Does DOD even address the primary concerns?

Tuesday, May 1, 2007

The ability of an adversary to launch satellites, make nuclear weapons and develop technology that can defeat our financially glutinous system is no longer rocket science. The pace of change in today’s competitive environment leaves little room for error, and it demands a continual process of reinvention of both the organization and the organization’s products.
But the United States suffers from “affluenza,” a Western disease in which arrogance trumps reality. Given current failures in defense acquisition, the high cost of complex systems and the time it takes to field such systems, does U.S. defense leadership wistfully hope that simple “reforms” will fix its issues? Does the Defense Department even address the right primary concerns? Does it have the proper strategy? Has it addressed what it will take to execute its initiatives successfully?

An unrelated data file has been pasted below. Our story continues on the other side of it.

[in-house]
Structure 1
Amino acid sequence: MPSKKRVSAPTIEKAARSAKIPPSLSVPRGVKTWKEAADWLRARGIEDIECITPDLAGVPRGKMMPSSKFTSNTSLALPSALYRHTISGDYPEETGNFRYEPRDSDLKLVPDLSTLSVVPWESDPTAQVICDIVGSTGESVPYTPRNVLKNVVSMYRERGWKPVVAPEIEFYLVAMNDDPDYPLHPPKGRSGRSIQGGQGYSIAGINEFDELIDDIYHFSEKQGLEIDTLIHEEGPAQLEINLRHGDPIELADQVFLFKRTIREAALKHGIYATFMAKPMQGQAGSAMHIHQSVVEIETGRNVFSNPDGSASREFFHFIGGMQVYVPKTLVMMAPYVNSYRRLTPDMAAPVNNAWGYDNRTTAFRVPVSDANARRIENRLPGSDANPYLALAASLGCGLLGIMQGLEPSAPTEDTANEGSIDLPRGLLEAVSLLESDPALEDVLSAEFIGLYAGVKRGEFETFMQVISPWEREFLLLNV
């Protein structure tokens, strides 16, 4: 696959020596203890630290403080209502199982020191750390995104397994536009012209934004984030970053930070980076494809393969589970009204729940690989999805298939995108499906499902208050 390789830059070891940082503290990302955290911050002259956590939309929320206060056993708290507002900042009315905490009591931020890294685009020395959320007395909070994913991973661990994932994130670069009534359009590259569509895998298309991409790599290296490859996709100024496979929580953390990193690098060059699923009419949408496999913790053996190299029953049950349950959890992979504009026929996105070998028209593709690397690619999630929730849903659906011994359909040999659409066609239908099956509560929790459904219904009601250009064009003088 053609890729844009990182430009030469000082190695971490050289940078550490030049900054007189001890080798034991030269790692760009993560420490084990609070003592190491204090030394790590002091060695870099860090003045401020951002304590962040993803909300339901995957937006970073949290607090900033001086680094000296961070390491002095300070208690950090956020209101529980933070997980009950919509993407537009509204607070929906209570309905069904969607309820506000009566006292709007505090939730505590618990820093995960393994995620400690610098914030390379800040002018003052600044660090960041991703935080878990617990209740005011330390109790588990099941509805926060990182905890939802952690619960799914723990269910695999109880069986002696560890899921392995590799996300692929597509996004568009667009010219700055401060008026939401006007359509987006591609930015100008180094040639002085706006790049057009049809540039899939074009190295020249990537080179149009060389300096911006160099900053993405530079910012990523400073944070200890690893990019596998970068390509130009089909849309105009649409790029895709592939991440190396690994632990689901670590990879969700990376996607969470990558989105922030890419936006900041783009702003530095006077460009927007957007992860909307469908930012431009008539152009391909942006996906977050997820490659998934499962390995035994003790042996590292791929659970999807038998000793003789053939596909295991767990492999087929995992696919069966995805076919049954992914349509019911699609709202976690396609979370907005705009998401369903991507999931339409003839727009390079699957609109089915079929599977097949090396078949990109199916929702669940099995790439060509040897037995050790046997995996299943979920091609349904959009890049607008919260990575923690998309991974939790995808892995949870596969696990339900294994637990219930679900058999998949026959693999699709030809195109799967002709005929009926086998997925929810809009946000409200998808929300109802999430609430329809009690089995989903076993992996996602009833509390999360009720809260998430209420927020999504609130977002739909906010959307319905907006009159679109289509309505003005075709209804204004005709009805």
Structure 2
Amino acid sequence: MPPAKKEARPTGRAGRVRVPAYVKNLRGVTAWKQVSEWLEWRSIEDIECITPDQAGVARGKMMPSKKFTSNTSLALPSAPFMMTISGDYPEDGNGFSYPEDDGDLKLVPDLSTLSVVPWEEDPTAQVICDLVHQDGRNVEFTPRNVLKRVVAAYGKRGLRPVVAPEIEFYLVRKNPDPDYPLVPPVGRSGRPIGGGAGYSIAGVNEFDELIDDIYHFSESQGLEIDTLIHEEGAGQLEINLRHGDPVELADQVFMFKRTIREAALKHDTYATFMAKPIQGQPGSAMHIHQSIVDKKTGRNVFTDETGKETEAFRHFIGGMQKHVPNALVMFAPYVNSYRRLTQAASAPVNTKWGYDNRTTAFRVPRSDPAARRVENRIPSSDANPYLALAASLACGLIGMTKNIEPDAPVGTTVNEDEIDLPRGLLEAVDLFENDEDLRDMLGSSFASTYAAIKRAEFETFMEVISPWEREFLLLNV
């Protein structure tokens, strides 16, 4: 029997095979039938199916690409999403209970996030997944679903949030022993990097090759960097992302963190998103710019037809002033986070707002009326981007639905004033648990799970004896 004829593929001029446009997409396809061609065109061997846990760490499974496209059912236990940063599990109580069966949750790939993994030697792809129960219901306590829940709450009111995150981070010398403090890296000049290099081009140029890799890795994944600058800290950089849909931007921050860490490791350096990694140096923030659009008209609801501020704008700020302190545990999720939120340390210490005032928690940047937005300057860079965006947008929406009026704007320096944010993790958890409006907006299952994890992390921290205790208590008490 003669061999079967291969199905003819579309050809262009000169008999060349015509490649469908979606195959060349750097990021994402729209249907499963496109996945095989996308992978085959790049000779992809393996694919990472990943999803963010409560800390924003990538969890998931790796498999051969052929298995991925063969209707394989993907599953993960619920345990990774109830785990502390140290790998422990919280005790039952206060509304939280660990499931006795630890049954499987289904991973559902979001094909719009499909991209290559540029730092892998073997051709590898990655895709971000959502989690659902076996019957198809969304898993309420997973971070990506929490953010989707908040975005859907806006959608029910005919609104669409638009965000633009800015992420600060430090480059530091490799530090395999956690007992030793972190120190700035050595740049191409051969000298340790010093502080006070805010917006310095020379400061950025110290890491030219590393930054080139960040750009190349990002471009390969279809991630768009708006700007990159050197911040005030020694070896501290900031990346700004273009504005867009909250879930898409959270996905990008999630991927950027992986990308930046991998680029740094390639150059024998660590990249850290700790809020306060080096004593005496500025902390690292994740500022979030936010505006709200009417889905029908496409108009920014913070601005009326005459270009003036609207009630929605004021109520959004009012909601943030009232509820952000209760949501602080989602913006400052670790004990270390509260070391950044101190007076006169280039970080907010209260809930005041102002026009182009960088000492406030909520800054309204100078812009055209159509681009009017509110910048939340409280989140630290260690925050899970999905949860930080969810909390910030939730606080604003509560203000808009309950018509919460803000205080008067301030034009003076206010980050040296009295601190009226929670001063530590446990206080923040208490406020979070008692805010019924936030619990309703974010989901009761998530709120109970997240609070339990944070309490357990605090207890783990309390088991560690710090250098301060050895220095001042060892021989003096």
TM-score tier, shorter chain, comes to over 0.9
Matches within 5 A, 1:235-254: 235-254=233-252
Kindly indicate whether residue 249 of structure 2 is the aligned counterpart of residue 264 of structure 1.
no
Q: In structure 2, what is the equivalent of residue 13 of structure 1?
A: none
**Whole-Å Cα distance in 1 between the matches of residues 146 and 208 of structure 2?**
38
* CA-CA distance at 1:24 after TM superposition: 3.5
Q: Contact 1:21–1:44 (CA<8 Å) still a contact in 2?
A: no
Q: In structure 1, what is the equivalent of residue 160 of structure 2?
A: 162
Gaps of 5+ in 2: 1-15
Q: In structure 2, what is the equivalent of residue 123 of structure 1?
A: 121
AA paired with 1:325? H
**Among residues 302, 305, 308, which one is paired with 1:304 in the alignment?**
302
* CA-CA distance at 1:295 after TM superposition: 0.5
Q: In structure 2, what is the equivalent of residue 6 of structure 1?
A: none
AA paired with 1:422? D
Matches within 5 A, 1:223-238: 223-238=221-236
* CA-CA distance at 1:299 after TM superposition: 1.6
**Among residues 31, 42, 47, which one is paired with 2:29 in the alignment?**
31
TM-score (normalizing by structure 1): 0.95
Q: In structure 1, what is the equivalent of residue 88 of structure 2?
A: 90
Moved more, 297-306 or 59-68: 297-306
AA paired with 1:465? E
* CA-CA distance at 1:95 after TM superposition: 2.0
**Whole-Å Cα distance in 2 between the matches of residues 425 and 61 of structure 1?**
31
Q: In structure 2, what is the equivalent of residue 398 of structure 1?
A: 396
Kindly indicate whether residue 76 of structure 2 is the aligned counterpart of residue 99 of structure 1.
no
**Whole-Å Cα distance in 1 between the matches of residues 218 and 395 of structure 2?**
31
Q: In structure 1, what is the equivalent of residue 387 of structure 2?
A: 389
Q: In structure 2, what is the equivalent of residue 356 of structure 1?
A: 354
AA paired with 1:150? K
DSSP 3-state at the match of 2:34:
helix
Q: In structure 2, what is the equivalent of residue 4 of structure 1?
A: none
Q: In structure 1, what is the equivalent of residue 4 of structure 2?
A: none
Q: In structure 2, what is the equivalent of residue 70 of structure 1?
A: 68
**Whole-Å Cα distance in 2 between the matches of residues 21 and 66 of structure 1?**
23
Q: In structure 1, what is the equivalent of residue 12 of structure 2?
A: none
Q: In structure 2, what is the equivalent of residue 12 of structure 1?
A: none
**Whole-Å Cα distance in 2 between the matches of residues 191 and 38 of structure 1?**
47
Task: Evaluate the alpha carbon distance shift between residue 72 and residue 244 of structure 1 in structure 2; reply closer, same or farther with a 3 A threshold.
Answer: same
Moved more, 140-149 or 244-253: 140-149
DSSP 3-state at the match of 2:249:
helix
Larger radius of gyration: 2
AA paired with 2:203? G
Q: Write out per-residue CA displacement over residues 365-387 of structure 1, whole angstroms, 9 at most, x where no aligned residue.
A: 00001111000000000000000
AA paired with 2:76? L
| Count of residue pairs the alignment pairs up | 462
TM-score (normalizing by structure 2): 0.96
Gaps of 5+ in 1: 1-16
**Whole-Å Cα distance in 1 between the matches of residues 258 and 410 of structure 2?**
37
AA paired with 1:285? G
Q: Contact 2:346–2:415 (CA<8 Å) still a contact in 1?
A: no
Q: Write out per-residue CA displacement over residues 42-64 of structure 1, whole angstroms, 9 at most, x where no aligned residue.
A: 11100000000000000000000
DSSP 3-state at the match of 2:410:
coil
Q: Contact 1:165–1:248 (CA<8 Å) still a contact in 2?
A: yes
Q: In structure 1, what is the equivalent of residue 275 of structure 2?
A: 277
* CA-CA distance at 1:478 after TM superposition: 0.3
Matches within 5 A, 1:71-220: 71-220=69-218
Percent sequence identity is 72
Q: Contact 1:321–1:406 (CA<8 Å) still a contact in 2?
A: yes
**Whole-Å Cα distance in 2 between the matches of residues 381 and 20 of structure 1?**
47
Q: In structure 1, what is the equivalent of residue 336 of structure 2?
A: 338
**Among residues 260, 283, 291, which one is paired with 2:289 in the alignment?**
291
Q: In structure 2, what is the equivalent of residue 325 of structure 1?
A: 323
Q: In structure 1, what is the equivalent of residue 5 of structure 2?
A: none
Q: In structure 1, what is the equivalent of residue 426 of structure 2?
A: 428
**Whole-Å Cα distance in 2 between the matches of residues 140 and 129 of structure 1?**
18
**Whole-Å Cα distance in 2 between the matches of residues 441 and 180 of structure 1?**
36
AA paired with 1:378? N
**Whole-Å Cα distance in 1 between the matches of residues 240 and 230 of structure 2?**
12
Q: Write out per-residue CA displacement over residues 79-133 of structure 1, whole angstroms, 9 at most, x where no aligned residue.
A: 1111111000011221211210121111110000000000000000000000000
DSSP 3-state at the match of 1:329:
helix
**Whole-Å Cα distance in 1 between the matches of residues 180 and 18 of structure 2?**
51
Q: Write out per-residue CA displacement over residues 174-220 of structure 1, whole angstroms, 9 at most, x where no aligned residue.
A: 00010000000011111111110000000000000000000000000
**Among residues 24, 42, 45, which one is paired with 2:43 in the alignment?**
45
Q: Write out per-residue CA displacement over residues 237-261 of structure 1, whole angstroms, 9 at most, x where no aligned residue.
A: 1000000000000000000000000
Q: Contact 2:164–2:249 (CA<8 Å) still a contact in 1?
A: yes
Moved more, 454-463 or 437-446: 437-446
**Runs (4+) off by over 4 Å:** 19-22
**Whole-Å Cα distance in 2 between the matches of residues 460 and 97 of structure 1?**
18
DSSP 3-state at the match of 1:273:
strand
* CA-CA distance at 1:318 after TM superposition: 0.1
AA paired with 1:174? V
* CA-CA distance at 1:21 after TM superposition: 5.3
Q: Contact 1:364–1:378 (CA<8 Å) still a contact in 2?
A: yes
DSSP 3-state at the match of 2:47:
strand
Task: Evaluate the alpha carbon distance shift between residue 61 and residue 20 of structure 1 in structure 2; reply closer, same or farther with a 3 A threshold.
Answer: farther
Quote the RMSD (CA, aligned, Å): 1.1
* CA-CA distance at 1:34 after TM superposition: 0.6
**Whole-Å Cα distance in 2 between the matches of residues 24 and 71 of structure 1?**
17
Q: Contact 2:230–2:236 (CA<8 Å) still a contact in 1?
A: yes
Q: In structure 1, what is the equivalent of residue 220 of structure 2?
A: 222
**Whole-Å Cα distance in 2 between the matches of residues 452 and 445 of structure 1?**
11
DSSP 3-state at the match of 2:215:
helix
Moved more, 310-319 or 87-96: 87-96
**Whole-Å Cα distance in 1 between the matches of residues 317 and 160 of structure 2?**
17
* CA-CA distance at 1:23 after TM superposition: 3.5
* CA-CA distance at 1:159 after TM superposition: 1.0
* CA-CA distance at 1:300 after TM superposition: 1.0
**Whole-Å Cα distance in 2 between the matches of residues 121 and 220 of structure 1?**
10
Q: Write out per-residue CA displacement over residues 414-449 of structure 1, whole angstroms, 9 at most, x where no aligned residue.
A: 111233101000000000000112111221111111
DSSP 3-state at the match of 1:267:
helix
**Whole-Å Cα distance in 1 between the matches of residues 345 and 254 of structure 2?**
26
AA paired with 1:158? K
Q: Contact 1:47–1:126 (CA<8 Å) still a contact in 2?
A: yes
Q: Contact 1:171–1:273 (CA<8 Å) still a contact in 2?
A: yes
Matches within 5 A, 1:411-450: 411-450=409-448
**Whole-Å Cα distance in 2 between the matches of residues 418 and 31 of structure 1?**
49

Share Your Thoughts:

Once again Greg's article is full of thoughts telling us what's wrong with the military complex but has no real proposed solutions. Come on Greg - it's easy to complain about the food coming out of the kitchen - how about proposing a new recipe or two?

Seems DoD would rather be in control than be right! If we are going to reactive to threats then speed of response is imperative. If we are going to be proactive then risk of failure to innovate has to have more tolerance. Seems the FAR and DoD 5000 series Instructions allow for neither. Reforming Defense Acquisition is an old saw that regularly does more for political sound bites than real change. Perhaps loser interpretations of the roles would be a good start on the it easeri to ask for forgiveness than persmission logic. joemaz